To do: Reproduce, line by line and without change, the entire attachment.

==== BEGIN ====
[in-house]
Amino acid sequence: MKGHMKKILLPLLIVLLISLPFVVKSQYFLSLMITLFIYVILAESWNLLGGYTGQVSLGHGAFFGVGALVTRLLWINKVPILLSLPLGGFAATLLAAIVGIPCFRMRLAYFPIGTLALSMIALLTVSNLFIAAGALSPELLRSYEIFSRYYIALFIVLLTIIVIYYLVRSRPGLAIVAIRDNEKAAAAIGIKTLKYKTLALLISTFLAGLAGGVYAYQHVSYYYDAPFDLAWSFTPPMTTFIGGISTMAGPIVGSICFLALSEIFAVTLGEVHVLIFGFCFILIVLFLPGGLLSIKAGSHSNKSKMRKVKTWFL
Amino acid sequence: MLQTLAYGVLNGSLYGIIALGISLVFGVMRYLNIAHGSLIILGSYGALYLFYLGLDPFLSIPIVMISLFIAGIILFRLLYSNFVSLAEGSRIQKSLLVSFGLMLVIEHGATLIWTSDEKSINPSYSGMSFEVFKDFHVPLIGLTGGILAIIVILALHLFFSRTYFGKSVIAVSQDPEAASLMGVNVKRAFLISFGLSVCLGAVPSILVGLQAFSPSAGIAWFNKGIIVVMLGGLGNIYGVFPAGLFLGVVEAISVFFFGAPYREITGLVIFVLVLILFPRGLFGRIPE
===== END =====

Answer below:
[in-house]
Amino acid sequence: MKGHMKKILLPLLIVLLISLPFVVKSQYFLSLMITLFIYVILAESWNLLGGYTGQVSLGHGAFFGVGALVTRLLWINKVPILLSLPLGGFAATLLAAIVGIPCFRMRLAYFPIGTLALSMIALLTVSNLFIAAGALSPELLRSYEIFSRYYIALFIVLLTIIVIYYLVRSRPGLAIVAIRDNEKAAAAIGIKTLKYKTLALLISTFLAGLAGGVYAYQHVSYYYDAPFDLAWSFTPPMTTFIGGISTMAGPIVGSICFLALSEIFAVTLGEVHVLIFGFCFILIVLFLPGGLLSIKAGSHSNKSKMRKVKTWFL
Amino acid sequence: MLQTLAYGVLNGSLYGIIALGISLVFGVMRYLNIAHGSLIILGSYGALYLFYLGLDPFLSIPIVMISLFIAGIILFRLLYSNFVSLAEGSRIQKSLLVSFGLMLVIEHGATLIWTSDEKSINPSYSGMSFEVFKDFHVPLIGLTGGILAIIVILALHLFFSRTYFGKSVIAVSQDPEAASLMGVNVKRAFLISFGLSVCLGAVPSILVGLQAFSPSAGIAWFNKGIIVVMLGGLGNIYGVFPAGLFLGVVEAISVFFFGAPYREITGLVIFVLVLILFPRGLFGRIPE